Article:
Book Review: Hezada! I Miss You by Erin Pringle
Erin Pringle's debut novel is a circus of grief
Reviewed by Cat McCarrey, Fri., March 6, 2020
Hezada! I Miss You, Erin Pringle's debut novel released by local Awst Press, is bittersweet and dreamlike. It mourns – each word (even the hopeful ones) drenched in grief. Sometimes it's the ache of days going by too quickly or childish disappointment at wanting the sweetness of candy or another ride on the carousel. But other times are bone-achingly sorrowful, the shattering moments of untimely death or illness. In Hezada, even snakes are full of ennui, and the most gorgeously rendered scenes are undercut with a current of fretful doubt.
Hezada emerges after Pringle's two previous short story collections. She worked on it for 15 years, and her strength in narrative snippets comes through in gorgeously rendered small chapters. Ostensibly about a Midwestern traveling circus making the last stop of the summer in a small village, Pringle's tale is told in small glimpses. These stories are gripping, enticing the reader and building a full world in the type of insular society that most people ignore.
The village, much like the circus itself, is diminishing as time passes. There are few children. There are few jobs. Each character escalates in loss. Presented as hazy visions (or the creations of memory), circus folk and villagers experience loss of childhood, loss of livelihood, loss of family and hope. "The real Midwest. Cornfields, soybeans, sadness," speaks a village council member in the opening of the novel, a rumination on all the glorious Midwestern/human despair a story can offer.
Hope, and the lack thereof, is cleverly counterpointed with the aging circus, and the last few children in town. We see bitterness with growing old in one chapter and then sequences of the eternal possibility of being a kid – even if that possibility is circus tickets or the pool or a pair of red boots that might be yours. In Hezada, we circulate among odd yet familiar characters. There's the preteen twins Heza and Abe, whose mysterious progeny lies somewhere between the circus and their townie mother Kae. There's Frank, who ran away to join the circus and is now retiring after 50 long years. There's Hezada, the trapeze artist with cancer, the waitresses circulating in the lone diner, the circus boss, and the slew of hired "Summer Boys" helping the circus.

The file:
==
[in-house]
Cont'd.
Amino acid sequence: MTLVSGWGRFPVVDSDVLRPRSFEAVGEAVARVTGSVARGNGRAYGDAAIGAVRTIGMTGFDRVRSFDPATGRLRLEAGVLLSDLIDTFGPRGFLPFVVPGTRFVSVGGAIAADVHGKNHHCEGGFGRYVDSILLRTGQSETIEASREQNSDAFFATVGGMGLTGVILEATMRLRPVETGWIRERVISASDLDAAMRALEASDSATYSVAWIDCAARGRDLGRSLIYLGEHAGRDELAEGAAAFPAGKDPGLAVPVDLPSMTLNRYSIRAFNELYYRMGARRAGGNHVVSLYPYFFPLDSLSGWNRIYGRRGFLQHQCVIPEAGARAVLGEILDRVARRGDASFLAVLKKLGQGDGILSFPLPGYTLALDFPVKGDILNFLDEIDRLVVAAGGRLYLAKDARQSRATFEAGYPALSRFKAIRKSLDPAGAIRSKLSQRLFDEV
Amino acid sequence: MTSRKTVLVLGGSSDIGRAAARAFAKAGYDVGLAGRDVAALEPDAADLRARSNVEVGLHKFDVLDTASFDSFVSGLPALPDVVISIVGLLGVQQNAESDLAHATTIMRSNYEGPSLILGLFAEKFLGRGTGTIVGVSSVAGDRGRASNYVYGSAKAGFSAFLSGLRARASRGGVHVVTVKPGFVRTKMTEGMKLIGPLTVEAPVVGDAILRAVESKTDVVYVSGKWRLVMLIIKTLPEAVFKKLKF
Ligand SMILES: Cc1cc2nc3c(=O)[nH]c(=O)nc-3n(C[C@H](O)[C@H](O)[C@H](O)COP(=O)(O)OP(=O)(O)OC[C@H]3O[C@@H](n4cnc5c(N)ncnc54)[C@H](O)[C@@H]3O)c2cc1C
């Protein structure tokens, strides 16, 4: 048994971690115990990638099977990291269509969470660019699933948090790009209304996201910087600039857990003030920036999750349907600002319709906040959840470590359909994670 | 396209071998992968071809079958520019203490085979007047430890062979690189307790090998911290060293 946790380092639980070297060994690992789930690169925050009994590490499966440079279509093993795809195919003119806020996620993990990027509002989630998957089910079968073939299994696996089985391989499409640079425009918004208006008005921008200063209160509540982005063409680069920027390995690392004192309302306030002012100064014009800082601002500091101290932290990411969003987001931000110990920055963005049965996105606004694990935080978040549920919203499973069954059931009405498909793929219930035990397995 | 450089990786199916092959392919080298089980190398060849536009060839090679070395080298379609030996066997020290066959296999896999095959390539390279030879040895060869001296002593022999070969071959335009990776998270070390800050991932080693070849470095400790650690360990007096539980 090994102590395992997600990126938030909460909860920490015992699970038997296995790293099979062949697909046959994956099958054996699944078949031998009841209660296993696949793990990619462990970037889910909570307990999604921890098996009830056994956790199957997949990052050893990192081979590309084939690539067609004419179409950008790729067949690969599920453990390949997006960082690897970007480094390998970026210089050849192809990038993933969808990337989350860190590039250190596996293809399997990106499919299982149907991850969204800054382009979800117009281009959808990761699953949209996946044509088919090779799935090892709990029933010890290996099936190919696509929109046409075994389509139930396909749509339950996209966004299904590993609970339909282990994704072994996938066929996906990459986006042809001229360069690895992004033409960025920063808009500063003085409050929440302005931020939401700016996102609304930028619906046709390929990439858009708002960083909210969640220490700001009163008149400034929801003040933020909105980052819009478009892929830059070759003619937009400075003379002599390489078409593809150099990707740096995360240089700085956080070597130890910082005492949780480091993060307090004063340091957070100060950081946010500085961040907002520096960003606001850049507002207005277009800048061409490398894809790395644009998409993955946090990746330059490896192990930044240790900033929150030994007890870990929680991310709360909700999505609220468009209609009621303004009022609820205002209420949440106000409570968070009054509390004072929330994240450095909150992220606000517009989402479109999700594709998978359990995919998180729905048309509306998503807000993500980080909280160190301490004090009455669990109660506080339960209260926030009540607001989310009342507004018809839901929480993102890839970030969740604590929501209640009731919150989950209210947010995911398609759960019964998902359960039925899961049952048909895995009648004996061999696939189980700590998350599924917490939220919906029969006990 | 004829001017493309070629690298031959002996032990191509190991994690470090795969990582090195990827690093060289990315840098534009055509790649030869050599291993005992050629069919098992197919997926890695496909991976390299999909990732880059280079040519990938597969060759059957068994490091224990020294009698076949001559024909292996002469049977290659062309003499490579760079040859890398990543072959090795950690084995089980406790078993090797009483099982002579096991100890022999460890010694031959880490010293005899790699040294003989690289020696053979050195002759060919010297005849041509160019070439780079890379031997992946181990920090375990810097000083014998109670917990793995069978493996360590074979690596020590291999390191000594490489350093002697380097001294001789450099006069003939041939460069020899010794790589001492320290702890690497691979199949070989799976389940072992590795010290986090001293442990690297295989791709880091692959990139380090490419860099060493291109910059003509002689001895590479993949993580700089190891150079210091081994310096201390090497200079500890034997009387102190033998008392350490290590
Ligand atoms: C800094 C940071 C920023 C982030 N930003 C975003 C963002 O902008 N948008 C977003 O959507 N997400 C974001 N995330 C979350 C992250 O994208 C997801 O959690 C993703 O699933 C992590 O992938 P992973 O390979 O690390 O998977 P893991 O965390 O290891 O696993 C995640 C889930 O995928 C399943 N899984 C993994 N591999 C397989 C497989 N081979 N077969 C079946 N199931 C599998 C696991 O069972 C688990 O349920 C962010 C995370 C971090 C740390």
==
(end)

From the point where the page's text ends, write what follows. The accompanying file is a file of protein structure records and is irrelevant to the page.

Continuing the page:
However, what begins as a Bradbury-esque meditation on the Midwest and the fleeting nature of youth takes a hard turn near the middle, where the stakes on loss become much more serious in the wake of suicide. I enjoyed the small town escapades, but Pringle's examination of the aftermath of a loss so personal and sudden takes Hezada into a heartbreaking and honest look at how people react to tragedy.
There are countless books on unforeseen misery, on loss from war and sickness and murder. However, in many books suicide is the twist, not the point. Halfway through working on Hezada, Pringle's sister committed suicide. There was always an undercurrent of death in "the circus novel," but her personal catastrophe brought the book into focus. For the last half of Hezada, suicide becomes the main character, and everything else serves as a study in response. It's haunting. It's lovely. It's an utterly painful and beautiful look at how life passes. Exploring the consequences of a suicide from those intimately involved to those on the sidelines, Pringle's unflinching view sets a summer circus as a backdrop for everything lost when life is gone.
Hezada! I Miss Youby Erin Pringle
Awst Press, 332 pp., $22
Erin Pringle speaks about and signs copies of Hezada! I Miss You on Sun., March 8, 5pm, at BookPeople, 603 N. Lamar. For more information, visit www.bookpeople.com.